“The Stanford campus looks great, but sadly, Cutetown has nothing much else going for it.”Free
Ever wanted to build your very own San Francisco skyscraper? Cutetown aims to give you just that opportunity by allowing you to model a real building in the city and recreate it using 3D building blocks on the iPad. You can then upload it and add it to buildings created by other users, so that the map of the city is filled with 3D Cutetown buildings.
To give you an idea of what the finished city is supposed to look like, the app includes a very impressive true-to-life model of the Stanford University campus. Looking at that, it’s easy to see what kind of inspiration the developer got when devising a name for the app.
Sadly, that map of Stanford is the highlight of Cutetown. Sure, trying to create your own building starts well enough. The tutorial – in which you re-create an existing model – is easy to follow, if laborious; windows, doors, and balconies need to be added one at a time across a whole floor, and then replicated one column at a time. That, though, is as much fun as there is to be had. You’ll need to create an account before you can do anything else, though there’s no apparent reason and no explanation.
As soon as you try and re-create a real building, you run into Cutetown’s limitations. The first of those is that you’re limited to an area of about a dozen blocks square just to the north of the city’s Mission District, and so can’t re-create some of the city’s most iconic buildings. The second is that choosing a building involves inspecting the city using Google’s satellite maps inside the app. But as soon as you’ve chosen which building to create, you’re taken to a fuzzy, three-quarter close-up that bears little relation to the image you have just seen. Your first task is to mark the four corners of the building, but as it’s – at best – a three-quarter view shot from high above the building, identifying the fourth corner is tricky.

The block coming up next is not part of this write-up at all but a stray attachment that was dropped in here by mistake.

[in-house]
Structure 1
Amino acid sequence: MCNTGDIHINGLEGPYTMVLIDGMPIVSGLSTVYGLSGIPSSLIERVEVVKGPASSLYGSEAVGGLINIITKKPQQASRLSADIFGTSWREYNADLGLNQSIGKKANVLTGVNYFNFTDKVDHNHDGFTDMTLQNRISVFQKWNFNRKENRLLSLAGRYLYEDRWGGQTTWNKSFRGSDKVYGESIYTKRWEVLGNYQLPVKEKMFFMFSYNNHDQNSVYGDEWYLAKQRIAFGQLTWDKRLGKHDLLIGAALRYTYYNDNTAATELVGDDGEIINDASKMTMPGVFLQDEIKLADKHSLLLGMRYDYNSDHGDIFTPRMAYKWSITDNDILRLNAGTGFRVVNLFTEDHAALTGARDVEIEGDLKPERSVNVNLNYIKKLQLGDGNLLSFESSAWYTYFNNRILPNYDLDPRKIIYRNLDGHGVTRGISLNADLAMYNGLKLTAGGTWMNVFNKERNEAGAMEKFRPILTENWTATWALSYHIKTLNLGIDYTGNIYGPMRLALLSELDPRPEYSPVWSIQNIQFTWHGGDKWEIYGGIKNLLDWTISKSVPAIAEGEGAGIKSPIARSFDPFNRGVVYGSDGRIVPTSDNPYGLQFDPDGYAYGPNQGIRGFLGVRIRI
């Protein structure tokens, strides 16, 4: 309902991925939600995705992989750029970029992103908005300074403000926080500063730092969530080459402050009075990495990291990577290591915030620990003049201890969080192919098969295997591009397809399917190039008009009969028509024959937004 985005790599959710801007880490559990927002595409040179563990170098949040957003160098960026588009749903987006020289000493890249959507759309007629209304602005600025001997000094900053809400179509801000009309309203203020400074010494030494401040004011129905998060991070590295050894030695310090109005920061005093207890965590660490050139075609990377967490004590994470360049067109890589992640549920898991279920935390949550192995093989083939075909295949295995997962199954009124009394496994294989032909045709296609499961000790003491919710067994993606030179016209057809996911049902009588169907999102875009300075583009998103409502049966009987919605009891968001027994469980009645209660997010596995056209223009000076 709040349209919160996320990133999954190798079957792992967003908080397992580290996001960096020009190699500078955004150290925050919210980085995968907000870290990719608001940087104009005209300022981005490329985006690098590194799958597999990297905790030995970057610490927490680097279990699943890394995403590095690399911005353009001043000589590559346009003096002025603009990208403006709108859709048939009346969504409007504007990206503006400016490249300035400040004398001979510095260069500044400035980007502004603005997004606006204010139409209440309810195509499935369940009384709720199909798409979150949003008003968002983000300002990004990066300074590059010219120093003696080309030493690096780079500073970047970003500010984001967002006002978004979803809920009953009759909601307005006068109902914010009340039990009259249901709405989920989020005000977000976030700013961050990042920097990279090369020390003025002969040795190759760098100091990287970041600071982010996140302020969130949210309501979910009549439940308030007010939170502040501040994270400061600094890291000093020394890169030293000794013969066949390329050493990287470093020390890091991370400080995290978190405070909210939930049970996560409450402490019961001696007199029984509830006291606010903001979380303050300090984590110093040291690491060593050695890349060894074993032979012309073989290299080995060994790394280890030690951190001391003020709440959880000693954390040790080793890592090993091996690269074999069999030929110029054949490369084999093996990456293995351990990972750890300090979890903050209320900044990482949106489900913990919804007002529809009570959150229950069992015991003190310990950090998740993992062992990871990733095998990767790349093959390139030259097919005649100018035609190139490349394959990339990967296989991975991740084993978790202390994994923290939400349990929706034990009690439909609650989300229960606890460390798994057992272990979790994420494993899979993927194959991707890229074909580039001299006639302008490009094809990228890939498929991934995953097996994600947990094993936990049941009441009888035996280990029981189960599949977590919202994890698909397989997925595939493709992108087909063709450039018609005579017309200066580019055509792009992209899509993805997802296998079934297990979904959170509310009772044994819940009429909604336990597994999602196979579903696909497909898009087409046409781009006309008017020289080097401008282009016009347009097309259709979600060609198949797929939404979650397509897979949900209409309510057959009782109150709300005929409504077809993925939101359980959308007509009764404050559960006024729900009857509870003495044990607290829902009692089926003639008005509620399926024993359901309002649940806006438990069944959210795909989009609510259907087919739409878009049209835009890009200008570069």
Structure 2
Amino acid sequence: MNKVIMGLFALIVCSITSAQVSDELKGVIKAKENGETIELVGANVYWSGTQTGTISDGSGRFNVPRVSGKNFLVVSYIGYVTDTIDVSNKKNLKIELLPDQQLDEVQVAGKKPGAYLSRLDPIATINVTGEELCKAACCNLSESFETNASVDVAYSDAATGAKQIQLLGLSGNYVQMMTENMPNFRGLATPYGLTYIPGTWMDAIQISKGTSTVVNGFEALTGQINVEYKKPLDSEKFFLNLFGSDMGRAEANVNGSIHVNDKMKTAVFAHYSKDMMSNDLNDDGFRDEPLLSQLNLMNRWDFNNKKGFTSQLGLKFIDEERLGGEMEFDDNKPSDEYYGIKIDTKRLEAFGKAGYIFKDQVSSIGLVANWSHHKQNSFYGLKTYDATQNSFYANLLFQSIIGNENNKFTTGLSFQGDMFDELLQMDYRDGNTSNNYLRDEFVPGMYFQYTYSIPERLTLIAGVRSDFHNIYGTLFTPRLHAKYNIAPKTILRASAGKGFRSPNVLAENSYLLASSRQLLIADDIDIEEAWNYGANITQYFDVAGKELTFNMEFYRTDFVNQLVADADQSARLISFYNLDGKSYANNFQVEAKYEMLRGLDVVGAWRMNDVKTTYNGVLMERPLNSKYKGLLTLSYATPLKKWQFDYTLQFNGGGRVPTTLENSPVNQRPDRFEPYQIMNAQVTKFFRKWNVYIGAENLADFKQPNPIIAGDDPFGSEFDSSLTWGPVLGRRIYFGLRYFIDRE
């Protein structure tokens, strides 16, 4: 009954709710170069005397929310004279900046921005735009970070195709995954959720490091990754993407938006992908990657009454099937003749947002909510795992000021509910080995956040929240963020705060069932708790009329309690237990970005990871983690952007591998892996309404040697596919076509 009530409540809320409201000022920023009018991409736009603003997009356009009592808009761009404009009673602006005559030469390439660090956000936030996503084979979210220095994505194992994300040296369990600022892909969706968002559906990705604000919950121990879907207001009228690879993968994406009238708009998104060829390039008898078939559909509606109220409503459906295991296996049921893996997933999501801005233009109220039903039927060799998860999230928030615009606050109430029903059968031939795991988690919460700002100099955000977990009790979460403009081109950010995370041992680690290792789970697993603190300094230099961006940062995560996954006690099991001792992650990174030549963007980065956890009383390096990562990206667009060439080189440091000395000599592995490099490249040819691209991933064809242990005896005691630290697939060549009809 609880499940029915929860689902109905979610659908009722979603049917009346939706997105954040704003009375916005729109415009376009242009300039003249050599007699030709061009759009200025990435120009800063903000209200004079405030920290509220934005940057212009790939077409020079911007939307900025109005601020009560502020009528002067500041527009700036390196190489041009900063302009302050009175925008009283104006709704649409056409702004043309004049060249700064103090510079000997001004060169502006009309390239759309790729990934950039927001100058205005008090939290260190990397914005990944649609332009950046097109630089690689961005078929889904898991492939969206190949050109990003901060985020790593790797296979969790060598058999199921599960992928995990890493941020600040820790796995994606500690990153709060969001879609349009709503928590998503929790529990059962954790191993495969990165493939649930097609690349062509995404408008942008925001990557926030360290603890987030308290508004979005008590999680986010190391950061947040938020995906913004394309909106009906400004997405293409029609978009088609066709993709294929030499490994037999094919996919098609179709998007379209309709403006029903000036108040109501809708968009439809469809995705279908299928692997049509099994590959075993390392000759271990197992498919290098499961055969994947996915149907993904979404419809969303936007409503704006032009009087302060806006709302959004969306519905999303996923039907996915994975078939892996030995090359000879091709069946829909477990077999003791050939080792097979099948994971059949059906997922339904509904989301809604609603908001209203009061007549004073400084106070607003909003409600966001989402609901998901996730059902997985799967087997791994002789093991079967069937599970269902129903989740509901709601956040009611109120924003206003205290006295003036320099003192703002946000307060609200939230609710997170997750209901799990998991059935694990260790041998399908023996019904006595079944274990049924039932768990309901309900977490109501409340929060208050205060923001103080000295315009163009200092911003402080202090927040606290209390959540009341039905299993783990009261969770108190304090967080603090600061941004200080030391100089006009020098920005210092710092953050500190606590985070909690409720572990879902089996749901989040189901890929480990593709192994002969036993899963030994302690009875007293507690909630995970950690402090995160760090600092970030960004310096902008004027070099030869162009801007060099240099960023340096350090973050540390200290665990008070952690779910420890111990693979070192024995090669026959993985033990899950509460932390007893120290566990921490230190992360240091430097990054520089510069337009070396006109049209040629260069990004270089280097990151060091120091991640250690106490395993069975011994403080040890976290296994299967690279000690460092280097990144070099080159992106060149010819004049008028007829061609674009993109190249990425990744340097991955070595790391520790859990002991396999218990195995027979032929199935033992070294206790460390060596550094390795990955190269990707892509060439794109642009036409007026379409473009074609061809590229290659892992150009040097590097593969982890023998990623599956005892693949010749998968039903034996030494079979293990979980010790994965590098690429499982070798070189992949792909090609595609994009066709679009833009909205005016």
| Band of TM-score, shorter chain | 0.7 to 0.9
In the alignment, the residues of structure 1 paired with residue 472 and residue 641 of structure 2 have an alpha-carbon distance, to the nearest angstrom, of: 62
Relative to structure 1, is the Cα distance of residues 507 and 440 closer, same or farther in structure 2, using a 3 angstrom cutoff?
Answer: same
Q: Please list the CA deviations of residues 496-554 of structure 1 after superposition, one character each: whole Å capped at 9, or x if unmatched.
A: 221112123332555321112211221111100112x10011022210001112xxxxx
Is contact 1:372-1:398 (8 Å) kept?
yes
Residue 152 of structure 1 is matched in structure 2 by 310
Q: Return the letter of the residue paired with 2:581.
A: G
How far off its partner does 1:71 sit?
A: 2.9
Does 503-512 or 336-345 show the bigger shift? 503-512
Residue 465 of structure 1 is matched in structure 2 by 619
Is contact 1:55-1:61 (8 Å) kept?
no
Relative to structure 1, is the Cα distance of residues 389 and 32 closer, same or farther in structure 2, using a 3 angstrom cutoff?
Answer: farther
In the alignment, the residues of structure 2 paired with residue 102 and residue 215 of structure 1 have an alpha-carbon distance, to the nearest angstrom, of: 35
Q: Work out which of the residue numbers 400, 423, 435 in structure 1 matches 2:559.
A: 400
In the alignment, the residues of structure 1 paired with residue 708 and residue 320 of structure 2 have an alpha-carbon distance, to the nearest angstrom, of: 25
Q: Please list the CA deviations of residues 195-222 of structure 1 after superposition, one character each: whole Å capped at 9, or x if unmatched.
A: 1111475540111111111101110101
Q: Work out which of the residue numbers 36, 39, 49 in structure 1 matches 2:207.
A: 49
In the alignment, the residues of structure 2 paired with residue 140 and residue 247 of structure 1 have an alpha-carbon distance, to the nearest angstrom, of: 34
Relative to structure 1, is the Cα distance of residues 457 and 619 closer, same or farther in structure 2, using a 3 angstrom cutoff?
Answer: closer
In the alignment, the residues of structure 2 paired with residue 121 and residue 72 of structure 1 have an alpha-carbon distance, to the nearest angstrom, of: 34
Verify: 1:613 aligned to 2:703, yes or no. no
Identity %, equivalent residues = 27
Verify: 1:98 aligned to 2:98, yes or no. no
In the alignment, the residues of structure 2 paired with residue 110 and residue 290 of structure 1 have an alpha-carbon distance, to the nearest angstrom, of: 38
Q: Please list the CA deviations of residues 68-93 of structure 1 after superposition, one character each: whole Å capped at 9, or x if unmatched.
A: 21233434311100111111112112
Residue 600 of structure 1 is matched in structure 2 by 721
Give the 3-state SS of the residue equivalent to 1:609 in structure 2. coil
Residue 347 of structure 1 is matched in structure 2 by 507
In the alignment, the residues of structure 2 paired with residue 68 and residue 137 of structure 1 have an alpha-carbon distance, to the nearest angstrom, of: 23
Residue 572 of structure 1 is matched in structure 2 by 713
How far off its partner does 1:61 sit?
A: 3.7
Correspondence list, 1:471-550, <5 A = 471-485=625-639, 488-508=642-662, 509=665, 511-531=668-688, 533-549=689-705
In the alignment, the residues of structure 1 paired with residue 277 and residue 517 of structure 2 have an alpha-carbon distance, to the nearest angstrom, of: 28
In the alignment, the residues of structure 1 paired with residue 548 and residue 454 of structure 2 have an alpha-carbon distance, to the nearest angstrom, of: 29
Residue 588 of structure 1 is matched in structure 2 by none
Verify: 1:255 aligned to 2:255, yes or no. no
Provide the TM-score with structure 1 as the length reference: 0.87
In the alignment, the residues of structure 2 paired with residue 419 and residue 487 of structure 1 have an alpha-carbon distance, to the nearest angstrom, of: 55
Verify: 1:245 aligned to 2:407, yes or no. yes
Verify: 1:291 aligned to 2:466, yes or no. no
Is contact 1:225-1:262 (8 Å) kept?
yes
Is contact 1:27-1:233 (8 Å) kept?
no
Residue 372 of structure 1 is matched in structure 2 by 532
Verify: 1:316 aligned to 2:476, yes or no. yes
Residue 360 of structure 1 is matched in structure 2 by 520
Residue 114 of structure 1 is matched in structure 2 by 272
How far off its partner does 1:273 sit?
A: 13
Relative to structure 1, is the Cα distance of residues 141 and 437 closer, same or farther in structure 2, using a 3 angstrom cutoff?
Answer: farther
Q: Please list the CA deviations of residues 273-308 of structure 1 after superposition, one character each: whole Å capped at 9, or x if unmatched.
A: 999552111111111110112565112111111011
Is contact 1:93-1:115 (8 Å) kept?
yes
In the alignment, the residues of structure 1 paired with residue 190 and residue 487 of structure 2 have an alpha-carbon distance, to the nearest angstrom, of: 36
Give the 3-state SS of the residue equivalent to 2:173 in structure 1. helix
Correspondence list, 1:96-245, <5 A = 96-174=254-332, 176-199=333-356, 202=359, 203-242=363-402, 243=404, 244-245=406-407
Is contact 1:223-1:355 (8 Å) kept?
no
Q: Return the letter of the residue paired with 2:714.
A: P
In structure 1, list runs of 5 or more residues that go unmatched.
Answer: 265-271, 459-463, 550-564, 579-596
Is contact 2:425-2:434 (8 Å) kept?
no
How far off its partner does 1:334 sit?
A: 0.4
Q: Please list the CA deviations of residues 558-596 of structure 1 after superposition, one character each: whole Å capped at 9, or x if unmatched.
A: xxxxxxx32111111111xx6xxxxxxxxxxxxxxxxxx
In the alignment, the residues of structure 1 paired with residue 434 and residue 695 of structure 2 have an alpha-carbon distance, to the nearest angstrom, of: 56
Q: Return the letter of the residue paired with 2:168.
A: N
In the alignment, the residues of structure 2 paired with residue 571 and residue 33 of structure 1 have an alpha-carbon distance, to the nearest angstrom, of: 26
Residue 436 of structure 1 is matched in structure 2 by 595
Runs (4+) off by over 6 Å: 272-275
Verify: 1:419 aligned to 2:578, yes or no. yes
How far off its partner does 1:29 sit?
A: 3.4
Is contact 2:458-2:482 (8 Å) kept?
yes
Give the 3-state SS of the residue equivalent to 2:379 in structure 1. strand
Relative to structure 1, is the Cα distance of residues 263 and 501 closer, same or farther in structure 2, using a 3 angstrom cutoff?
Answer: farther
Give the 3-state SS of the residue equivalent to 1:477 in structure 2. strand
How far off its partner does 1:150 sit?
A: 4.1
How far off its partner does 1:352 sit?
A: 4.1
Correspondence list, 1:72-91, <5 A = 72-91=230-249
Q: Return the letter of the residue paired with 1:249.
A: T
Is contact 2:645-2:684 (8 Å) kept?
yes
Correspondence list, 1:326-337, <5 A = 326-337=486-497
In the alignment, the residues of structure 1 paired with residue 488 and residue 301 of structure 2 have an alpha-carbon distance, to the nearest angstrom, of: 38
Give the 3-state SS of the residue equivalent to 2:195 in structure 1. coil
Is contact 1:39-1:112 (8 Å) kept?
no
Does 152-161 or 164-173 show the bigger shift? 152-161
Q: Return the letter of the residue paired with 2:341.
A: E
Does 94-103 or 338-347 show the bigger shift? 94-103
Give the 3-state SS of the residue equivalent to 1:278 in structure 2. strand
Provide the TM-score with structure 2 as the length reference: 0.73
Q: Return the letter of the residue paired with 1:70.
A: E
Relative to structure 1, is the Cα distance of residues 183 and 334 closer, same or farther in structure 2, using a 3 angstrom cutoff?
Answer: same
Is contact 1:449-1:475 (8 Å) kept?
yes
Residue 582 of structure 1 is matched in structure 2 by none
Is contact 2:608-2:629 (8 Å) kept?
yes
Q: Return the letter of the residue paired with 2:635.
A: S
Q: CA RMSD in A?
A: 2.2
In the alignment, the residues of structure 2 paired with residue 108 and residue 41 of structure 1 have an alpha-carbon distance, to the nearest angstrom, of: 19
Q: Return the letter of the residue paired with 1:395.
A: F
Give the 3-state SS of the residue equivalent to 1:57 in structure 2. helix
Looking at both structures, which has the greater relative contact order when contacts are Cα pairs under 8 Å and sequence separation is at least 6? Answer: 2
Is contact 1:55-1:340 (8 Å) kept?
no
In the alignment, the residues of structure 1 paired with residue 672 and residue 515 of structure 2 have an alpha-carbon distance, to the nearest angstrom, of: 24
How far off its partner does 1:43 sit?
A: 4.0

Once you’re on the building screen, there’s another limitation: you can only build up ten storeys. So much for that skyscraper, huh?
The top corner of the screen is reserved for a Google satellite close-up of the building of which you’re working on, and which you can enlarge if necessary. You then set about the job of adding a roof, doors, windows, and balconies. You can even paint the walls or add a satellite dish, or pull your fingernails out one by one, if you’d prefer.
Did we mention Cutetown is slow? Don’t expect the oily fluidity of Google’s Maps app when you zoom in and out; it seemed to take an age to re-draw the screen each time, even on the new iPad. And the interface for building is so unintuitive we almost wept for joy when we were able to perform the simplest of tasks.
We might be able to forgive Cutetown all of these failings, particularly because it’s currently free, and its developer has given it a version number that suggests its very much still in development, if we could see a purpose to the app. It’s not a game in the vein of, say, Minecraft, because there are no incentives and no rewards. It’s not a useful tool of any kind. And it’s not entertainment; it feels far too much like hard work for that. What it almost feels like is it’s a giant wheeze to get users to generate thousands of 3D buildings for a map that Cutetown Ltd can then use somewhere else. We hope that’s not the case.